Bernanke's Mess

“It took a lot of hard work to get us into this mess.”

-Neil Barofsky’s Dad

 

The more I learn, the scarier Washington, D.C. gets. The aforementioned quote didn’t come from a politician. It came from Barofsky’s freshly printed tell-all book about crony socialism, Bailout (page 32). That time it was about TARP. This time it’s about Qe. Unless you want to wander on into the next politically perpetuated crisis willfully blind, I highly recommend you read it.

 

I wasn’t born in this country, but I do love it – and I will fight for its liberties. Hell would freeze over before the Founding Fathers of the Unites States of America signed off on a centrally planned market event like the one an un-elected academic will host today.

 

Whether he wants to accept responsibility or not, Ben Bernanke has signed off on the #1 thing that has been driving stock and commodity markets for the last 2 months – expectations. Up or down, whatever happens today will be Bernanke’s Mess.

 

Back to the Global Macro Grind

 

A)     Market up = mess for the economy: that’s right, if the man pushes 0% money out to 2015, 2016, then infinity and beyond, that’s a mess for a lot of people in this country. Just ask a retiree living on a fixed income, or a small business owner. When your cost of living is rising faster than your income, that’s called a tax hike.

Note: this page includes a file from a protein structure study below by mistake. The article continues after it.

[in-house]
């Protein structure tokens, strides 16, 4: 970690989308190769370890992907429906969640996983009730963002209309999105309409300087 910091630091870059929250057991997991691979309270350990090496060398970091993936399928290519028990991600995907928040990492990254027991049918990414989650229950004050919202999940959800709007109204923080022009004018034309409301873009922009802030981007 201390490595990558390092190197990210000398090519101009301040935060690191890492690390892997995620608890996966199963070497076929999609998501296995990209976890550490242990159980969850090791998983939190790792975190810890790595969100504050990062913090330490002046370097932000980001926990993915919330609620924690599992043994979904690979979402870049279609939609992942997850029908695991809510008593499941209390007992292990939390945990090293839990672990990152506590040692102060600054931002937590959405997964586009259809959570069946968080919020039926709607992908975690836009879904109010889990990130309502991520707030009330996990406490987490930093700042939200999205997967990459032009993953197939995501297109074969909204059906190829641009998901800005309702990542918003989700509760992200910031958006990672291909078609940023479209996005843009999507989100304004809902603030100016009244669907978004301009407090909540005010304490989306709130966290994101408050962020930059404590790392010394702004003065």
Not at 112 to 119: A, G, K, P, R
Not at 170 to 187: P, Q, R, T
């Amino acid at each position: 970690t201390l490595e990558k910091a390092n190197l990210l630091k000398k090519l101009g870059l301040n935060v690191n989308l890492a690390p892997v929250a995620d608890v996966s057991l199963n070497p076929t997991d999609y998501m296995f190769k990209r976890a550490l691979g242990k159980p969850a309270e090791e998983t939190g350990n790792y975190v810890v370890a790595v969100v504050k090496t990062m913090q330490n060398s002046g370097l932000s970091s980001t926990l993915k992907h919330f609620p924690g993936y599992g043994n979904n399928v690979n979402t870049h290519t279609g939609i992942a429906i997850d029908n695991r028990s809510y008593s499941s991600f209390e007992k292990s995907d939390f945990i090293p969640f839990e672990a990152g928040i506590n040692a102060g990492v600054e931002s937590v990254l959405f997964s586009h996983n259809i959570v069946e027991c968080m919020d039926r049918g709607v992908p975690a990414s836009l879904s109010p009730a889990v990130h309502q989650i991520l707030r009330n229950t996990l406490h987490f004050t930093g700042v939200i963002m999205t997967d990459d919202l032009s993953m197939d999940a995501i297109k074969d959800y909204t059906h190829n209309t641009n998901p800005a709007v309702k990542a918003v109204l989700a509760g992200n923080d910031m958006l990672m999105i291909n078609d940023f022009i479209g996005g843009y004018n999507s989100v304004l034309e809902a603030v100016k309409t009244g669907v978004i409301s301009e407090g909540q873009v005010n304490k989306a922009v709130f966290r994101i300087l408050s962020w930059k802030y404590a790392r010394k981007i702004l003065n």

B)      Market down = mess for the market: yep, since corporate revenue growth is slowing at its fastest rate since 2008, where do you think corporate margins go from their all-time peak? What do you think a collapse in the Fed’s final bubble (1st it was internet stocks, 2nd housing; now it’s commodities) is going to do to companies like Caterpillar (CAT) who aren’t prepared for that?

 

But, like it was in October 2007 (up double digits YTD), the “market is up” and we don’t hold the Fed accountable to its mandate? As a reminder, that mandate is:

  1. Price Stability
  2. Full Employment

Meanwhile, this is what we have:

  1. Price Volatility like markets have never ever seen (ever is a long time)
  2. Unemployment that’s higher than where it was on January 20, 2009 (7.8%)

So we better empower this guy to do more of whatever has not worked. And I mean really beg for it. If this insanity can only end in a blow up, I say get on with it so that I can start hiring again and get on with my day.

 

Since I have nothing else to write about this morning, let’s just review where we stand pre-game (1230PM Bernanke release):